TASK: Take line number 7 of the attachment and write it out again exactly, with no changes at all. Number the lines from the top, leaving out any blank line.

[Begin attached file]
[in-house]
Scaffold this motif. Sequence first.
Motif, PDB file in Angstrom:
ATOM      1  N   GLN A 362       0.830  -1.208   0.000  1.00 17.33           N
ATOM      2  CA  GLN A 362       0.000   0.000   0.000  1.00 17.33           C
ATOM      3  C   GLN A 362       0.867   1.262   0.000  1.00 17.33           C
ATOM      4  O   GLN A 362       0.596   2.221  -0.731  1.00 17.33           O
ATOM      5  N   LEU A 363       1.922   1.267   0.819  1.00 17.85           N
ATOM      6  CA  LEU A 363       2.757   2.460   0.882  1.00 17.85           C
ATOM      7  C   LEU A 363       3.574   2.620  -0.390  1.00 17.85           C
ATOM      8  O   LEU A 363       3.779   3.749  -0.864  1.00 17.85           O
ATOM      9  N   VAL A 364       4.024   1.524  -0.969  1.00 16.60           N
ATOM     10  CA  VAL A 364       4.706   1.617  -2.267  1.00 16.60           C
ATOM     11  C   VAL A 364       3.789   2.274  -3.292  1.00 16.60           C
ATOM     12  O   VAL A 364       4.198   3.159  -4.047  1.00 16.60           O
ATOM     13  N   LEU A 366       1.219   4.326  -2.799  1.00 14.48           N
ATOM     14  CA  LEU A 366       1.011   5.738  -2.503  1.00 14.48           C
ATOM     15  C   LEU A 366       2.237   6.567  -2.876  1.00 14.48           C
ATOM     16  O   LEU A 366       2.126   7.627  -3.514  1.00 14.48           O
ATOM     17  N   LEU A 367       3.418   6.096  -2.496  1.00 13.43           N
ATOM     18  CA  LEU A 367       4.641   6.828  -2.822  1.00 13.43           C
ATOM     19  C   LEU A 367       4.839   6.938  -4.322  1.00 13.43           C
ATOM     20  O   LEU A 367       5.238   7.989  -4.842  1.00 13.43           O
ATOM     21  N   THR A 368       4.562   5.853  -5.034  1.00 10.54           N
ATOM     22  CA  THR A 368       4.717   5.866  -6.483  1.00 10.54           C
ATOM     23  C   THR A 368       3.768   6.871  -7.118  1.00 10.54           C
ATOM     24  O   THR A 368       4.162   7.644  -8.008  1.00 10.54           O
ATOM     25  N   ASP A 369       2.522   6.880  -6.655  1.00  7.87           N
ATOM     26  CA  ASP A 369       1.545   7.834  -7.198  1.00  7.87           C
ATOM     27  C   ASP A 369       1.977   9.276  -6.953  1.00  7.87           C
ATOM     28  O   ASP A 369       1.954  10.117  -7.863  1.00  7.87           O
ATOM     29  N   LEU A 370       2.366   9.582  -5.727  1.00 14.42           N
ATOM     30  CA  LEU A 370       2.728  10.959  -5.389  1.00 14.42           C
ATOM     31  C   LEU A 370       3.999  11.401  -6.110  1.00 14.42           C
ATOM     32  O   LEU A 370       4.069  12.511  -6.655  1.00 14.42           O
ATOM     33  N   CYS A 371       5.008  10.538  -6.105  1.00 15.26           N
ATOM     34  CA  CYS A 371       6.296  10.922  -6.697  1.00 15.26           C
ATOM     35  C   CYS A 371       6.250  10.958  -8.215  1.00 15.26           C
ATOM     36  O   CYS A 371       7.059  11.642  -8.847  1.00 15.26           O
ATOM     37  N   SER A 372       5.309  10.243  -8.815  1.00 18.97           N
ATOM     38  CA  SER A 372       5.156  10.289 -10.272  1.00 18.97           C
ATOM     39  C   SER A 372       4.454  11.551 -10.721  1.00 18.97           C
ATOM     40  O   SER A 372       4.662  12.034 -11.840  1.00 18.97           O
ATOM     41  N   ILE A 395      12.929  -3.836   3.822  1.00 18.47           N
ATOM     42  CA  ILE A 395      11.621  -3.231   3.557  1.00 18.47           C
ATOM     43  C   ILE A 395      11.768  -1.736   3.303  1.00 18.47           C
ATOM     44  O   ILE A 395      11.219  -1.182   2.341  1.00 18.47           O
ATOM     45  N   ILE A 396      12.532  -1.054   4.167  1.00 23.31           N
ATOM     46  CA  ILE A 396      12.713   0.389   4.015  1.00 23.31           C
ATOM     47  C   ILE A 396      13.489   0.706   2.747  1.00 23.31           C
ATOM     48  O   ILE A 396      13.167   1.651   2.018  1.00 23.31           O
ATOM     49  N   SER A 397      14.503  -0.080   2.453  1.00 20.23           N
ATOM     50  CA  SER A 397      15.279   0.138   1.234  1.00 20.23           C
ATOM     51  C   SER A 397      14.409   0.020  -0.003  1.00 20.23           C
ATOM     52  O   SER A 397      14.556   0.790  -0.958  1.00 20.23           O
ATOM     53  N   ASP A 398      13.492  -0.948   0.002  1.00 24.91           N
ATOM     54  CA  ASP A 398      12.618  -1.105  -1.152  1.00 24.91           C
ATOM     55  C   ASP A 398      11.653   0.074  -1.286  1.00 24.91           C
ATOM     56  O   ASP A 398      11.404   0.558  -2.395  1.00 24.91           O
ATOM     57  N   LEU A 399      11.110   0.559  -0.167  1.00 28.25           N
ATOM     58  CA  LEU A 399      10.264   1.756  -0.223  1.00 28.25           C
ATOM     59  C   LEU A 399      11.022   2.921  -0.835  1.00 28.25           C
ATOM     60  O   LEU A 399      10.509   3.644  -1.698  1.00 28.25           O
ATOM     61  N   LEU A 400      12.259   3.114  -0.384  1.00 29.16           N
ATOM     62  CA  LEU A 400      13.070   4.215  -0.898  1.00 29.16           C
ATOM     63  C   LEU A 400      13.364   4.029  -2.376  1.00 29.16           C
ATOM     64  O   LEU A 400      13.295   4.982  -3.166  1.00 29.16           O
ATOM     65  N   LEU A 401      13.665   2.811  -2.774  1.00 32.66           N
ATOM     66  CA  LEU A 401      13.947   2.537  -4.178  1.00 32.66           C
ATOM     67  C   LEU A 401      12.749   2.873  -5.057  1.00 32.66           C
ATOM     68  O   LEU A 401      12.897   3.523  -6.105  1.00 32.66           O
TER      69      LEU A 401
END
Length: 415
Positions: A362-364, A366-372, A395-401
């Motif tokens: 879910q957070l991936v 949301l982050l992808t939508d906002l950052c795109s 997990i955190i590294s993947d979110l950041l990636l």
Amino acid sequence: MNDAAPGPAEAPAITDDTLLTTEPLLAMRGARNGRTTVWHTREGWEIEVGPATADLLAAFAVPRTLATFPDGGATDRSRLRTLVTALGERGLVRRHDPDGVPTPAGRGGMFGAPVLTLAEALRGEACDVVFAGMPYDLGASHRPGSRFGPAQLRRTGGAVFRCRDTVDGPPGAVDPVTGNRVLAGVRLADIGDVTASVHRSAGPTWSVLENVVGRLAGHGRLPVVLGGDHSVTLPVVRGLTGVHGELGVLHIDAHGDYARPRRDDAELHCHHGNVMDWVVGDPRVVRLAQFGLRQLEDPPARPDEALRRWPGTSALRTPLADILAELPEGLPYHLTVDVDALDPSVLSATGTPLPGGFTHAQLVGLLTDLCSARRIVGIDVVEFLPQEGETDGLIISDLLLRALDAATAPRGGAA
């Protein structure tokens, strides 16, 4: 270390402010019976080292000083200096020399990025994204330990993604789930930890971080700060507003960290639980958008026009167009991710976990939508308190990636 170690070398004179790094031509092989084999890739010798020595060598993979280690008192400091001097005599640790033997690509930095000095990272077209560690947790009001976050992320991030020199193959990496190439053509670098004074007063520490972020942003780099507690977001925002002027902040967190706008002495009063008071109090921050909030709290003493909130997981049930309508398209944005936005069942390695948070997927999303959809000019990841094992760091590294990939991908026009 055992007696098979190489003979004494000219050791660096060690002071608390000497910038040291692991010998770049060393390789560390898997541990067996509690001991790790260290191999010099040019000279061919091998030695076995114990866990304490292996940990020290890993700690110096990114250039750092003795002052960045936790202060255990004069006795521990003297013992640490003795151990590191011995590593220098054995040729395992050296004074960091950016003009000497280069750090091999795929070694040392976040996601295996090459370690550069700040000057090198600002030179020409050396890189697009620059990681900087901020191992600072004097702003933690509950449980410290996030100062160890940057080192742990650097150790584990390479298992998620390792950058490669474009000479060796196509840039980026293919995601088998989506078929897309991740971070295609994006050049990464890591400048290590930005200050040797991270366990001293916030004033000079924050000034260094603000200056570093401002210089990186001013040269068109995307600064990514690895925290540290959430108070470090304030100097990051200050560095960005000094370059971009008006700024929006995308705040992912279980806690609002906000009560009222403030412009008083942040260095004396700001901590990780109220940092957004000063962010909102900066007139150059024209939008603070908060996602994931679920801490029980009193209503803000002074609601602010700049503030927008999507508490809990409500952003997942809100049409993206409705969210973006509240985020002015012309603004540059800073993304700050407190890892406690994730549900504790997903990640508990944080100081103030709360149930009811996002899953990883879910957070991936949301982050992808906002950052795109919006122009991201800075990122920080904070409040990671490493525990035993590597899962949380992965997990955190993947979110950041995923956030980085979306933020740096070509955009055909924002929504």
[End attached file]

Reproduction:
ATOM      4  O   GLN A 362       0.596   2.221  -0.731  1.00 17.33           O